(Photo by Flickr user Generocity.org, used under a Creative Commons license)
“They raced yachts,” a headless voice tells us in the latest Dodge ad.
The “they” who raced yachts are the company’s namesake brothers, John and Horace, shown in all their Gilded Age grandeur: sporting white ties, lindy hopping with flappers, swinging from the chandeliers. “100 years later, this is how their spirit lives on,” the voice intones, as an anachronistic red Challenger races off the screen.
The Dodge brothers in that commercial might have been celebrating their successful lawsuit against their old boss, Henry Ford.
Minority shareholders in the Ford Motor Company, the Dodge bros opposed Ford’s plans to reduce dividend payments to cover the cost of raising worker wages and reducing the price of the Model T. Their disagreement wasn’t philosophical — this wasn’t a debate over how the heteronomy of individual will impacts the teleology of shareholder capitalism. The brotastic Dodges really just wanted more of that sweet dividend cash to invest in their own car company.
While the brothers’ backstabbing ways are worthy of an HBO series, the reason why anyone cares about Dodge v. Ford Motor Company today is its influential holding: “A business corporation is organized and carried on primarily for the profit of the stockholders.”
Long after the Dodge brothers first shocked polite society with their obscene displays of wealth and unwittingly enshrined shareholder wealth maximization into law, a new set of tycoons have built a new vehicle to overtake the shareholder model and deliver a new form of capitalism for a new century: the benefit corporation.
A different kind of corporation
The Benefit Corporation, or B Corp for short, often gets described as something somewhere between a for-profit company and a non-profit charity. But that is as misleading as it is simplistic.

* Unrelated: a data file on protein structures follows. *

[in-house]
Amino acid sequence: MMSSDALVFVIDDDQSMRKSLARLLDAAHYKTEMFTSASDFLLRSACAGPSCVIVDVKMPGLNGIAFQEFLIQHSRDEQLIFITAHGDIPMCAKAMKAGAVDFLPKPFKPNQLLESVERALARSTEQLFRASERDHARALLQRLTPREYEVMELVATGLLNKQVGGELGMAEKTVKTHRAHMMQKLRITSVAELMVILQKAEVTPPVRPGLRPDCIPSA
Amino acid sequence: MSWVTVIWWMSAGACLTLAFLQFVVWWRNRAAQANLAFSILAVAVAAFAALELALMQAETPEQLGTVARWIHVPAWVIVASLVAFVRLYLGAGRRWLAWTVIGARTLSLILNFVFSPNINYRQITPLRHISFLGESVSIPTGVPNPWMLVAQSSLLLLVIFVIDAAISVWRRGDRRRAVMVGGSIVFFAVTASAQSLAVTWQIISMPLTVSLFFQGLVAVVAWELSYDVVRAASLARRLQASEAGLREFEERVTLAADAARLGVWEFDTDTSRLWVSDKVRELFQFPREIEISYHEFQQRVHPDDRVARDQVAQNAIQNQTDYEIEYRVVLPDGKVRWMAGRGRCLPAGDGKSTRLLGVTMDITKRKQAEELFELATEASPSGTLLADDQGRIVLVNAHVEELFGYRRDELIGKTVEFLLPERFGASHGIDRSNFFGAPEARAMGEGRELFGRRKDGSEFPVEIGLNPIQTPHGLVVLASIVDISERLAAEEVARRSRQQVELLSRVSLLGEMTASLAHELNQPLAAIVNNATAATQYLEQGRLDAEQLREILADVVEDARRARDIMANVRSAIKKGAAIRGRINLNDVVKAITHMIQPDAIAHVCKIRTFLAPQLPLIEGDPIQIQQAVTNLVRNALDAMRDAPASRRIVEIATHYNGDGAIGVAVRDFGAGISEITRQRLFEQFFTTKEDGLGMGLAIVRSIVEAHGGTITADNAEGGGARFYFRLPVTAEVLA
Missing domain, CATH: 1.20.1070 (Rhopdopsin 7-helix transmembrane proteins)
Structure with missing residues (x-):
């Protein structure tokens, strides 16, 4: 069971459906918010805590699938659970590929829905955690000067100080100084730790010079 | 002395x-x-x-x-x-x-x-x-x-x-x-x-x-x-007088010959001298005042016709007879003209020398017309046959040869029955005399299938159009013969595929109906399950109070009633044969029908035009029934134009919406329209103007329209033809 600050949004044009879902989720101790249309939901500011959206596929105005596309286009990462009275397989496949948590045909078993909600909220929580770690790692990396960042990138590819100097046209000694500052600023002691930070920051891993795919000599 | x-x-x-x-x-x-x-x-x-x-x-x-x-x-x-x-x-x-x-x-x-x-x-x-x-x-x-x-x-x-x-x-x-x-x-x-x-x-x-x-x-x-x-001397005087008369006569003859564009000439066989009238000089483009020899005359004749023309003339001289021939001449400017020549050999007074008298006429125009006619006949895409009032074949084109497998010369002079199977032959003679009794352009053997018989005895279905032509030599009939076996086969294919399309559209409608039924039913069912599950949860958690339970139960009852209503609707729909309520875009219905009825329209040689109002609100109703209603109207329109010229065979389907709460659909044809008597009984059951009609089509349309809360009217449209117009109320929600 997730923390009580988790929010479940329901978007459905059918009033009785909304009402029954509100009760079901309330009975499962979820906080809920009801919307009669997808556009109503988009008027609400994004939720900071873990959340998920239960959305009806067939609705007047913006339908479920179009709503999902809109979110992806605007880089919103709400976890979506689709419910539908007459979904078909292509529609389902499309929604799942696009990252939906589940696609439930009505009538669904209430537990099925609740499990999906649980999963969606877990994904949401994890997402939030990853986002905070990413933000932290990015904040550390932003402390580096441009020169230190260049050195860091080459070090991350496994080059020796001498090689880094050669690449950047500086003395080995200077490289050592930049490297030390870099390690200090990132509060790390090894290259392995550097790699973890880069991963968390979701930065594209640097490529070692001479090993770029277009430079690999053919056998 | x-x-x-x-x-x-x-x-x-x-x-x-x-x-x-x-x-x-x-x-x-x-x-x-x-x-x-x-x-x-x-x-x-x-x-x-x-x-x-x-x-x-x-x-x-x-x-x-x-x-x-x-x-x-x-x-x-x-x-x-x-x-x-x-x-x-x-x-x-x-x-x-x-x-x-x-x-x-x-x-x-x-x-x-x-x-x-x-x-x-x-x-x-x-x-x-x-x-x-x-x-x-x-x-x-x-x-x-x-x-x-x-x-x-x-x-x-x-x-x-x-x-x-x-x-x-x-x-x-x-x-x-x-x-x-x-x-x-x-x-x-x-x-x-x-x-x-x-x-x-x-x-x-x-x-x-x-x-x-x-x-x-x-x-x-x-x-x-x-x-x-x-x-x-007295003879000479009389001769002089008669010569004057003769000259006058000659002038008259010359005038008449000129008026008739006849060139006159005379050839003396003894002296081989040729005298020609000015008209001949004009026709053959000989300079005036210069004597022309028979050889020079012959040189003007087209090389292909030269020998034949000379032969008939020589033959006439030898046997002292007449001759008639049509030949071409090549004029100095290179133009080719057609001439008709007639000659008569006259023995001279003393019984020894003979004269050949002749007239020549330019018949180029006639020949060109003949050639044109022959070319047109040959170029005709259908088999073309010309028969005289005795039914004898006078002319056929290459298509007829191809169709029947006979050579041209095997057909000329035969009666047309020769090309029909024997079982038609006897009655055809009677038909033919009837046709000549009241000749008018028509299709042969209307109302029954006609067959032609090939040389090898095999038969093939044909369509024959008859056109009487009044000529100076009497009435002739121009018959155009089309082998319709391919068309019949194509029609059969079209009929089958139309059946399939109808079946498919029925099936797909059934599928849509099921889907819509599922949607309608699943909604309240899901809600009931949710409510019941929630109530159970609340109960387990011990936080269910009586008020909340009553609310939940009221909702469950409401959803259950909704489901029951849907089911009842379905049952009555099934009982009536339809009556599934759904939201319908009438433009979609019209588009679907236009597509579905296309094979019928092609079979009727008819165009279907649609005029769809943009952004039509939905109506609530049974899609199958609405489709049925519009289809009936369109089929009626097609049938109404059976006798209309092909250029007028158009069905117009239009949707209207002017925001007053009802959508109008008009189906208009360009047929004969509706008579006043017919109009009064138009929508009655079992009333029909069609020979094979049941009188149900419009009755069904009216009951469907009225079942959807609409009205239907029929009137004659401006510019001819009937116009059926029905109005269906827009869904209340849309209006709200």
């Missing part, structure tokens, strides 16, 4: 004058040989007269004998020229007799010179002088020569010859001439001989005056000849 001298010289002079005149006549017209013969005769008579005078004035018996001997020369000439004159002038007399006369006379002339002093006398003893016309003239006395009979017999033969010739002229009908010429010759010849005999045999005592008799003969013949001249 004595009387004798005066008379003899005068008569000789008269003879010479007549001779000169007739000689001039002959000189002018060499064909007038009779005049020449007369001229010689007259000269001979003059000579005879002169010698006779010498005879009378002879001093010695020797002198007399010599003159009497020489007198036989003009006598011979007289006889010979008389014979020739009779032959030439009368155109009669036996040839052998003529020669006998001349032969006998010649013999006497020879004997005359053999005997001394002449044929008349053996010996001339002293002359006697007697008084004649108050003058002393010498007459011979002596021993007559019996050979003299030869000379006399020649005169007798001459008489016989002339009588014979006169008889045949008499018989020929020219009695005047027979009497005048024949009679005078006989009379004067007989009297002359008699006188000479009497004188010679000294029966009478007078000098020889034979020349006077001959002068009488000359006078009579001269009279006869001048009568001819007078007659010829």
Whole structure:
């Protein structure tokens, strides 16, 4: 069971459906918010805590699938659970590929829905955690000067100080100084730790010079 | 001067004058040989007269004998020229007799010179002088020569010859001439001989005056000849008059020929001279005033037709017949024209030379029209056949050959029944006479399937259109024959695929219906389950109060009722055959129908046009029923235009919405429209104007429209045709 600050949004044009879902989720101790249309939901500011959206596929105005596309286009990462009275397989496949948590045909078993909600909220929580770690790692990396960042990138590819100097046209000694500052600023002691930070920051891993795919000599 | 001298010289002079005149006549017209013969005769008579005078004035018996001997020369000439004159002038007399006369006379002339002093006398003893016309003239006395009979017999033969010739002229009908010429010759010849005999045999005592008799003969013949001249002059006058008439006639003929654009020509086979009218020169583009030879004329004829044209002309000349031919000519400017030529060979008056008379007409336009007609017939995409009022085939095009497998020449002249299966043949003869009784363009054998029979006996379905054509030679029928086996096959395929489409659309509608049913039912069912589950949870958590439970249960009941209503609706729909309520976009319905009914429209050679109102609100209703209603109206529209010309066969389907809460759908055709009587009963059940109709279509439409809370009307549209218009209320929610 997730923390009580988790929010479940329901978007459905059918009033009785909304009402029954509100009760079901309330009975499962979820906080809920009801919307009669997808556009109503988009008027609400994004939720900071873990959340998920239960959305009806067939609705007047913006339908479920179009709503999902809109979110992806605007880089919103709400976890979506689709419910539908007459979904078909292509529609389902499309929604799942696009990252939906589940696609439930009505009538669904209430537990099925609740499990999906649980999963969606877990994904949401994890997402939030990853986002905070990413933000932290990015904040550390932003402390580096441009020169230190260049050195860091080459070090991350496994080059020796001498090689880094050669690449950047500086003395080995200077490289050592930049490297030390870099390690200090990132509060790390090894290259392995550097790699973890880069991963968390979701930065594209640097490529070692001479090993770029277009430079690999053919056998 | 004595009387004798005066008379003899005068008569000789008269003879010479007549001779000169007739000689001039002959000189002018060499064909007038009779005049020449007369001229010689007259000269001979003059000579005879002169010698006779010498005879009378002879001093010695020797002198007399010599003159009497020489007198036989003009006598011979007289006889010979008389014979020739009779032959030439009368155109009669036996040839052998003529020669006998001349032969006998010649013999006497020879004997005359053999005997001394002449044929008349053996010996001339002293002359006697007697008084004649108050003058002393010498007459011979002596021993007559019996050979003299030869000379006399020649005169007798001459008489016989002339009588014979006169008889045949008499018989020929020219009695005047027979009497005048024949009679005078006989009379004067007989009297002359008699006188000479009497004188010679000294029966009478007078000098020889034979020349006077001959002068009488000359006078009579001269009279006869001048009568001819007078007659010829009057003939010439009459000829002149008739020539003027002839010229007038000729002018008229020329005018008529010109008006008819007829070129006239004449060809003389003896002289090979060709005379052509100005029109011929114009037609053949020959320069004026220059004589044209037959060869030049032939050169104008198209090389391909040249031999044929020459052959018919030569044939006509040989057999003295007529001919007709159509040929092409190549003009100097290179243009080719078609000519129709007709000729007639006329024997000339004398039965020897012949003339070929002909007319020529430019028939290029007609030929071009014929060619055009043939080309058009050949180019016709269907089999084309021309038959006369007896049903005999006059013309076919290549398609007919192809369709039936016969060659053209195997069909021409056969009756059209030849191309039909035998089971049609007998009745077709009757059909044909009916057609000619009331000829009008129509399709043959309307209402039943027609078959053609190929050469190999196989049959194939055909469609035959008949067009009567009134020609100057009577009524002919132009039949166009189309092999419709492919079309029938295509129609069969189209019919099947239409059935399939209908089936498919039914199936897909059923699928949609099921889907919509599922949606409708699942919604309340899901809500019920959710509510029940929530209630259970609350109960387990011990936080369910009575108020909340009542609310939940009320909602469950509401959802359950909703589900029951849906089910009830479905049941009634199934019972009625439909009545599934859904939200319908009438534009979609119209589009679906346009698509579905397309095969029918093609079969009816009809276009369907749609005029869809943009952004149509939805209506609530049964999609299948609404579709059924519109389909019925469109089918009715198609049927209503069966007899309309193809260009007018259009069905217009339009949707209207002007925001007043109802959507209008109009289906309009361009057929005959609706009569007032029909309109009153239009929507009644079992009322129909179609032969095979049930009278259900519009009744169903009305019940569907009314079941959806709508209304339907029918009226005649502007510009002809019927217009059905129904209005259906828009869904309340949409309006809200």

B Corps are really for-profit companies with social consciences, which have voluntarily adopted rigorous standards of social and environmental performance, accountability and transparency, says Katie Kerr, a spokeswoman for B Lab, the Wayne, Pa.-based nonprofit behind the B Corp idea. After a comprehensive assessment, B Lab certifies companies as B Corps, slapping its Good Housekeeping-esque seal of approval on the business, not unlike a USDA organic certification on your kale from Whole Foods.
This marketing appeal — both to socially-conscious consumers and idealistic investors — is one of B Corp’s major selling points. The other is conviction.
According to the co-founders of B Lab, shareholder capitalism is failing us. Jay Coen Gilbert, Bart Houlahan and Andrew Kassoy believe the currently prevalent system of shareholder wealth maximization is both socially deleterious and outdated. The future lies with stakeholder capitalism in the form of the B Corp: companies should operate for the benefit of not just shareholders, but for their workers, communities, customers, suppliers and environments.
B Lab wasn’t content with just a certification process — they wanted real legal muscle behind the B Corp concept, something that an antithetical activist judge couldn’t rip up. So they enlisted a team of lawyers from Drinker Biddle in Philadelphia to draft model legislation to make the benefit corporation a new kind of legal entity. Together, Drinker and B Lab passed B Corp laws in twenty-seven states now, and bills have been introduced in a handful more.
Where the option’s available, companies seeking certification now need to adopt the benefit corporation legal form, thereby ensuring their independence from the dictates of Dodge v. Ford and its more recent progeny.
We all need a little help from our friends
To gray haired free-marketers, B Corps sound a lot like a bad cover of an overplayed song called corporate social responsibility (CSR). On the business-world jukebox, haters see B Corps as the decidedly unsatisfactory Britney Spears rendition of “Satisfaction.” But fans hear Joe Cocker’s version of “With a Little Help From My Friends” — the cover that so thoroughly overtakes the original that future generations will be surprised to learn it didn’t come first.